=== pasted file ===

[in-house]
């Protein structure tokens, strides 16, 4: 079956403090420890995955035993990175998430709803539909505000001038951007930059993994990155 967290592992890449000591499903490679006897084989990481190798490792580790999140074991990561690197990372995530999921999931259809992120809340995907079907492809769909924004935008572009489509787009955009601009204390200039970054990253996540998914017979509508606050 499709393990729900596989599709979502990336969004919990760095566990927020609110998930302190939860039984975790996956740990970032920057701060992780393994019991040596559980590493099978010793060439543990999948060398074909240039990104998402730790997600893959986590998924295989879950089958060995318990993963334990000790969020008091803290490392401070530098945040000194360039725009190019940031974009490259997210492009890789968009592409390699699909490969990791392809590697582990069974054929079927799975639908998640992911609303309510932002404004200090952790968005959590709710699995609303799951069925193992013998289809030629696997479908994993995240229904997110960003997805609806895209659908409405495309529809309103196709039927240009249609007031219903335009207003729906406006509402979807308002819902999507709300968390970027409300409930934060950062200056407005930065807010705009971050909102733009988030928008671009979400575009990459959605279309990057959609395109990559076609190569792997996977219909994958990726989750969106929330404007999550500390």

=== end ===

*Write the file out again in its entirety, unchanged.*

[in-house]
């Protein structure tokens, strides 16, 4: 079956403090420890995955035993990175998430709803539909505000001038951007930059993994990155 967290592992890449000591499903490679006897084989990481190798490792580790999140074991990561690197990372995530999921999931259809992120809340995907079907492809769909924004935008572009489509787009955009601009204390200039970054990253996540998914017979509508606050 499709393990729900596989599709979502990336969004919990760095566990927020609110998930302190939860039984975790996956740990970032920057701060992780393994019991040596559980590493099978010793060439543990999948060398074909240039990104998402730790997600893959986590998924295989879950089958060995318990993963334990000790969020008091803290490392401070530098945040000194360039725009190019940031974009490259997210492009890789968009592409390699699909490969990791392809590697582990069974054929079927799975639908998640992911609303309510932002404004200090952790968005959590709710699995609303799951069925193992013998289809030629696997479908994993995240229904997110960003997805609806895209659908409405495309529809309103196709039927240009249609007031219903335009207003729906406006509402979807308002819902999507709300968390970027409300409930934060950062200056407005930065807010705009971050909102733009988030928008671009979400575009990459959605279309990057959609395109990559076609190569792997996977219909994958990726989750969106929330404007999550500390």